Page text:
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Metal and mining industries urge govt not to impose anti-dumping duty on caustic soda


NEW DELHI, DEC 28, 2021

In separate representations to the Finance Minister, Revenue Secretary, and the PMO, multiple industry associations have called for an urgent halt to ongoing deliberations to impose anti-dumping duties on the import of caustic soda from the friendly nations of Japan, Qatar, Oman and Iran. The planned additional duties are aimed at countries with whom India shares a warm geopolitical and business relationship, and it is feared that this could be negatively impacted by an anti-dumping duty (ADD) proposed by the Directorate General of Trade Remedies (DGTR).

The plea by the domestic user industries have been raised in reference to the DGTR recommendations for Anti-Dumping investigations concerning imports of ‘Caustic Soda’ originating in or exported from Japan, Iran, Qatar and Oman (Ref: DGTR recommendations dated December 16, 2021, in Case No. AD-OI-30/2020).

Caustic Soda is a key ingredient for multiple large, medium, and small industries in India, including textile, soap & detergent, and alumina producers. These consumers industries are forced to rely on imports as the domestic caustic industry is unable to cater to the bulk requirements for some sectors, which range in shipment sizes of 8000MT to 10000MT. They are also dealing with high tariff barriers through the presence of an inverted duty structure, with caustic soda attracting a 7.5% basic custom duty while alumina attracts a 5% import duty.

Imports of Caustic Soda in India are already restricted through various tariff and non-tariff barriers. Any additional tariffs might help just one segment of the domestic industry, but likely result in irrevocable collateral damage to multiple key sectors, including Textiles, Soap &Detergent, Pharmaceuticals, Aluminium, Drugs Manufacturers, etc. These sectors are highly dependent on imported raw materials including chemicals and products for domestic value addition and contribute to forex earnings for India by means of export of finished products. They also employ millions of people across segments and also provide a thrust for development of other related sectors by supplying critical raw materials/ finished products to downstream industries, which majorly include SMEs.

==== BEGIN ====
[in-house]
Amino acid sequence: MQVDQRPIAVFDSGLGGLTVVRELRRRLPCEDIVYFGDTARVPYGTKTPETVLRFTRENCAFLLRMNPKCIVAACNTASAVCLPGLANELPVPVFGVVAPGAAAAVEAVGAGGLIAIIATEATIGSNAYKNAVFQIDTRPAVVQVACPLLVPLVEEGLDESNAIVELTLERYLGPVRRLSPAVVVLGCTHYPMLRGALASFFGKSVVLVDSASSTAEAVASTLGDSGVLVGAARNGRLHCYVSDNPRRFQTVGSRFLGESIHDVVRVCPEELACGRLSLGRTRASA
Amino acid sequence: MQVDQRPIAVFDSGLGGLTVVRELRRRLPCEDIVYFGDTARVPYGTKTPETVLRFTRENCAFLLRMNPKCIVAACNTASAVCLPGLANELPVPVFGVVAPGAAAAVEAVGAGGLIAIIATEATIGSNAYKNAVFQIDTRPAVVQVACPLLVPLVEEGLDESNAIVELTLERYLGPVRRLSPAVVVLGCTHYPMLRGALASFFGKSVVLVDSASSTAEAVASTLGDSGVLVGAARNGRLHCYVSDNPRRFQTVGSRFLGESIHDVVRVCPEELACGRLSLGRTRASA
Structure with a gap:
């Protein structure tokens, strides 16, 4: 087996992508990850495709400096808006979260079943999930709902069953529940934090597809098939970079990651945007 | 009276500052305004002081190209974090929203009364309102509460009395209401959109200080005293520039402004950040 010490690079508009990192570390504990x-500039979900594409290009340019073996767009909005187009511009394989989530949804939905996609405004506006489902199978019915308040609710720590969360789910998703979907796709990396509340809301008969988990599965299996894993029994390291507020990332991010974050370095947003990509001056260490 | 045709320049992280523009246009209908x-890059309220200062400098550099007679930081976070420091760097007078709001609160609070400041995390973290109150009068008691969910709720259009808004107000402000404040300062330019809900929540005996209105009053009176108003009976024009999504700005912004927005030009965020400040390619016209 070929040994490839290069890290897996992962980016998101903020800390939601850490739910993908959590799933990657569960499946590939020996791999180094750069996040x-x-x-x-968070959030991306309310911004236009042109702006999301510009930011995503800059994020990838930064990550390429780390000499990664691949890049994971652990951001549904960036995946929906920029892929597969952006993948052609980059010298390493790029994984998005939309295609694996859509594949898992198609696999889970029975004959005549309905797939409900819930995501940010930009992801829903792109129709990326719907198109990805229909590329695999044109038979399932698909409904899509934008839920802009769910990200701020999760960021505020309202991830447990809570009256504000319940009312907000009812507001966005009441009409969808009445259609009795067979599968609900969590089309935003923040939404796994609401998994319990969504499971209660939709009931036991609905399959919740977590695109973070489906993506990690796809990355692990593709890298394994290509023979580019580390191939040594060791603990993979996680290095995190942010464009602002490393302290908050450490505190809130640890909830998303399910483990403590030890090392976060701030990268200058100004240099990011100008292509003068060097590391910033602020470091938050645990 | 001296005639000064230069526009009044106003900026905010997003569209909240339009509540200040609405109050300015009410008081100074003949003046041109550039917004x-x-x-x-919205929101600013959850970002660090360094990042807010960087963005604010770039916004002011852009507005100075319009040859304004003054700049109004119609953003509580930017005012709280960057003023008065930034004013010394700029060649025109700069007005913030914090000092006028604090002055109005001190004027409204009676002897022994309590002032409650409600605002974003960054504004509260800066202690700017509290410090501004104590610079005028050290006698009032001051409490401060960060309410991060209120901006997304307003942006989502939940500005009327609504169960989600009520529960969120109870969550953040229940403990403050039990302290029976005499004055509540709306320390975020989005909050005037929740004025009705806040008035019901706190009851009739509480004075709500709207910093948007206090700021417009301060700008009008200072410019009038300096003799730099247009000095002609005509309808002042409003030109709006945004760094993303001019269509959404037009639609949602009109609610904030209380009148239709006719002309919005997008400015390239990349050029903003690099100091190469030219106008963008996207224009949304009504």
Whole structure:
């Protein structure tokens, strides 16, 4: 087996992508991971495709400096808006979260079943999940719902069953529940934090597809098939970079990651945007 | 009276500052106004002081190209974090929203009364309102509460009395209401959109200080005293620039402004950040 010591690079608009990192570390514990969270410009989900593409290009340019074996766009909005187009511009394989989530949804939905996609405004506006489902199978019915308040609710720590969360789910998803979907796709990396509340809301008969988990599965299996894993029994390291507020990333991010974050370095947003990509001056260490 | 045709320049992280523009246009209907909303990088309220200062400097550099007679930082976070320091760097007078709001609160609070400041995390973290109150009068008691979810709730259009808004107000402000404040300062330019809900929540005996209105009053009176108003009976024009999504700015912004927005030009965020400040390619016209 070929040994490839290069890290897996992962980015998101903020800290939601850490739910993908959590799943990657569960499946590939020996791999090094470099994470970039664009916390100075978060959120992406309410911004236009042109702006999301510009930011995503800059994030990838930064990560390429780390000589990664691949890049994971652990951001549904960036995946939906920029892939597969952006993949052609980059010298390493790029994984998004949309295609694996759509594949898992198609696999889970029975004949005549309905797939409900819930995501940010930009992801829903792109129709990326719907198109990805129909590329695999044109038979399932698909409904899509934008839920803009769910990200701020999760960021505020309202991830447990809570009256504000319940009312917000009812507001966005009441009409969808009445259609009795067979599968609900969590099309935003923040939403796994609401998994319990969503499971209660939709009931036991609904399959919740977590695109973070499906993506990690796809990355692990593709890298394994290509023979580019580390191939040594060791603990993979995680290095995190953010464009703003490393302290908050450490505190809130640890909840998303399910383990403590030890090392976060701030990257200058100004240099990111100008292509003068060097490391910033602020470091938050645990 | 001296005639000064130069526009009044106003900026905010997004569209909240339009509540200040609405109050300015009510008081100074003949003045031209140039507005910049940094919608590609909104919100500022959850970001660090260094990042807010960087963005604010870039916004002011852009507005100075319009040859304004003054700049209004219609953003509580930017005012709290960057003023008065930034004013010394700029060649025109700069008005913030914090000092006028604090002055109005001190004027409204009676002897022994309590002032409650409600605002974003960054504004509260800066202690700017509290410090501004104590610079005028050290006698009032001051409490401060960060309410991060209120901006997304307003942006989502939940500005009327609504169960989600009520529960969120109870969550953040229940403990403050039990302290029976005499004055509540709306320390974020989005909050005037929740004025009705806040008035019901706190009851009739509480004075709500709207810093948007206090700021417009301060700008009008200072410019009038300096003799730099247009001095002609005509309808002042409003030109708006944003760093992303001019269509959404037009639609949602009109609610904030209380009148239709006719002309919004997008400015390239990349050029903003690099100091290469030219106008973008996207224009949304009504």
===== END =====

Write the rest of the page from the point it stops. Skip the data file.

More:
At this juncture of economic revival, any such tariffs will be detrimental to the sustainability and cost competitiveness of domestic consumer industries which are already amongst the worst-hit, facing lots of hurdles due to the significant rise in input costs across all commodities and disruption in supply chain of critical raw materials. Any further tariffs will hamper the end-consumer industries and household end-users of the finished products due to cost burden and inflationary pressure during the V-shaped recovery phase. The cost escalations for key input material may also lead to a prolonged recovery of such consumer sectors.

Adding to the challenge, the separate production and consumer centres affect operations too. While the major caustic soda producers in India are based in the western states of Gujarat, Maharashtra and Rajasthan and cater largely to consumers in their vicinity, the large alumina producers are concentrated to the eastern part of India, in states such as Odisha, Andhra Pradesh, Karnataka& Jharkhand. This makes transport of caustic soda by road or rail unfeasible as well, leading to safety concerns for bulk transportations via road mode. Given the challenges of the surging high freight costs of transportation along with unavailability of sufficient rakes and network congestion, alumina producers are left with little option but to rely on imports to meet their requirements.

However, Caustic Soda imports in India are already restricted through various tariff and non-tariff barriers. Post imposition of the mandatory BIS license for Caustic Soda imports, almost 95% of foreign Caustic Soda producers are already eliminated because they have not acquired the requisite BIS license for exporting Caustic Soda to India. The BIS Standards are therefore a significant non-tariff trade barrier in place to safeguard the domestic Caustic Soda industry and reduce imports of Caustic Soda based on the quality standards.

As per data from Ministry of Industry and Commerce, there has been a significant decline in Caustic Soda (HS Code 281511 and 281512) imports, even less than during the pre-Covid period. During the current fiscal year 2022, total imports declined by 45%, imports from subject countries declined by 23%, as compared to pre-Covid period, despite full capacity utilization of major consumers like Aluminium and other consumer industries of textiles, soap and detergent. In the last five years(since FY-18), total imports declined by 59%, imports from subject countries declined by 53%.

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